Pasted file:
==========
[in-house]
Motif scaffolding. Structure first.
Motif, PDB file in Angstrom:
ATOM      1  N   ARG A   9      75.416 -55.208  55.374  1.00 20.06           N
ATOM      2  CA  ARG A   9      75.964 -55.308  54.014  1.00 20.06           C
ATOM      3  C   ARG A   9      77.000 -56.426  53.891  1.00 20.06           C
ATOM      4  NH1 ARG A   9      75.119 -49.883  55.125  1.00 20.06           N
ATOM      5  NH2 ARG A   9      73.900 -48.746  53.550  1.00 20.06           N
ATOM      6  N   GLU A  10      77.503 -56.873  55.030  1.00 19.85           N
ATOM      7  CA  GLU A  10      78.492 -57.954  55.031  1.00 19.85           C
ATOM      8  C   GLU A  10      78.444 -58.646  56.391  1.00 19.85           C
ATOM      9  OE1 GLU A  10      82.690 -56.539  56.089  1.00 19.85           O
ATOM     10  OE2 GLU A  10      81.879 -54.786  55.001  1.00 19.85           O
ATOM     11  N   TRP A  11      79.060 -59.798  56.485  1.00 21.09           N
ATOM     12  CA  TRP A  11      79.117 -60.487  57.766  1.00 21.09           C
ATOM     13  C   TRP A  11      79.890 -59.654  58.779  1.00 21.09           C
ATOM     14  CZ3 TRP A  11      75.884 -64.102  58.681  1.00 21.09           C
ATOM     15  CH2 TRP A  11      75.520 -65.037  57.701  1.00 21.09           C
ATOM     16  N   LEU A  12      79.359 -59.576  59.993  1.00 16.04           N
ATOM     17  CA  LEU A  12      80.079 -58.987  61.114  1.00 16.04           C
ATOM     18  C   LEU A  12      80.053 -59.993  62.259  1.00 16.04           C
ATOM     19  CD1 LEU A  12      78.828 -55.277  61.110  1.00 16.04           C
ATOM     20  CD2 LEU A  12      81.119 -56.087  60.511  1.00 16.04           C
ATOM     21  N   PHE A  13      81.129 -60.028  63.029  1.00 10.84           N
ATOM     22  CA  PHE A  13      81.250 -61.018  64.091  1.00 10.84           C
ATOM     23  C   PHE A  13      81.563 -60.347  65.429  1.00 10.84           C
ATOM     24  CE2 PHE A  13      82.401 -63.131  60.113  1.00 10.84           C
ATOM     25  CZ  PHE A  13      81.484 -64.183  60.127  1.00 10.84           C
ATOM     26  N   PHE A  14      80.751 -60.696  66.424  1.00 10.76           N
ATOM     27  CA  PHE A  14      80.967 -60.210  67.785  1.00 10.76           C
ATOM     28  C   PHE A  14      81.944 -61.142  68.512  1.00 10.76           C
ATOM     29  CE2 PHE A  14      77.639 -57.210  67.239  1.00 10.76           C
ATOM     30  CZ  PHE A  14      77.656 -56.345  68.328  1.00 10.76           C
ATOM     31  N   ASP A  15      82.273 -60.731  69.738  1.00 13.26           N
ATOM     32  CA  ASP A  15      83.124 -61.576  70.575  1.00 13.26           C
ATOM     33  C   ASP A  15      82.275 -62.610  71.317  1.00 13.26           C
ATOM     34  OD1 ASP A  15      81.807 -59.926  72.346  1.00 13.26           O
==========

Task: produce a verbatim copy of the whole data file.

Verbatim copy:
[in-house]
Motif scaffolding. Structure first.
Motif, PDB file in Angstrom:
ATOM      1  N   ARG A   9      75.416 -55.208  55.374  1.00 20.06           N
ATOM      2  CA  ARG A   9      75.964 -55.308  54.014  1.00 20.06           C
ATOM      3  C   ARG A   9      77.000 -56.426  53.891  1.00 20.06           C
ATOM      4  NH1 ARG A   9      75.119 -49.883  55.125  1.00 20.06           N
ATOM      5  NH2 ARG A   9      73.900 -48.746  53.550  1.00 20.06           N
ATOM      6  N   GLU A  10      77.503 -56.873  55.030  1.00 19.85           N
ATOM      7  CA  GLU A  10      78.492 -57.954  55.031  1.00 19.85           C
ATOM      8  C   GLU A  10      78.444 -58.646  56.391  1.00 19.85           C
ATOM      9  OE1 GLU A  10      82.690 -56.539  56.089  1.00 19.85           O
ATOM     10  OE2 GLU A  10      81.879 -54.786  55.001  1.00 19.85           O
ATOM     11  N   TRP A  11      79.060 -59.798  56.485  1.00 21.09           N
ATOM     12  CA  TRP A  11      79.117 -60.487  57.766  1.00 21.09           C
ATOM     13  C   TRP A  11      79.890 -59.654  58.779  1.00 21.09           C
ATOM     14  CZ3 TRP A  11      75.884 -64.102  58.681  1.00 21.09           C
ATOM     15  CH2 TRP A  11      75.520 -65.037  57.701  1.00 21.09           C
ATOM     16  N   LEU A  12      79.359 -59.576  59.993  1.00 16.04           N
ATOM     17  CA  LEU A  12      80.079 -58.987  61.114  1.00 16.04           C
ATOM     18  C   LEU A  12      80.053 -59.993  62.259  1.00 16.04           C
ATOM     19  CD1 LEU A  12      78.828 -55.277  61.110  1.00 16.04           C
ATOM     20  CD2 LEU A  12      81.119 -56.087  60.511  1.00 16.04           C
ATOM     21  N   PHE A  13      81.129 -60.028  63.029  1.00 10.84           N
ATOM     22  CA  PHE A  13      81.250 -61.018  64.091  1.00 10.84           C
ATOM     23  C   PHE A  13      81.563 -60.347  65.429  1.00 10.84           C
ATOM     24  CE2 PHE A  13      82.401 -63.131  60.113  1.00 10.84           C
ATOM     25  CZ  PHE A  13      81.484 -64.183  60.127  1.00 10.84           C
ATOM     26  N   PHE A  14      80.751 -60.696  66.424  1.00 10.76           N
ATOM     27  CA  PHE A  14      80.967 -60.210  67.785  1.00 10.76           C
ATOM     28  C   PHE A  14      81.944 -61.142  68.512  1.00 10.76           C
ATOM     29  CE2 PHE A  14      77.639 -57.210  67.239  1.00 10.76           C
ATOM     30  CZ  PHE A  14      77.656 -56.345  68.328  1.00 10.76           C
ATOM     31  N   ASP A  15      82.273 -60.731  69.738  1.00 13.26           N
ATOM     32  CA  ASP A  15      83.124 -61.576  70.575  1.00 13.26           C
ATOM     33  C   ASP A  15      82.275 -62.610  71.317  1.00 13.26           C
ATOM     34  OD1 ASP A  15      81.807 -59.926  72.346  1.00 13.26           O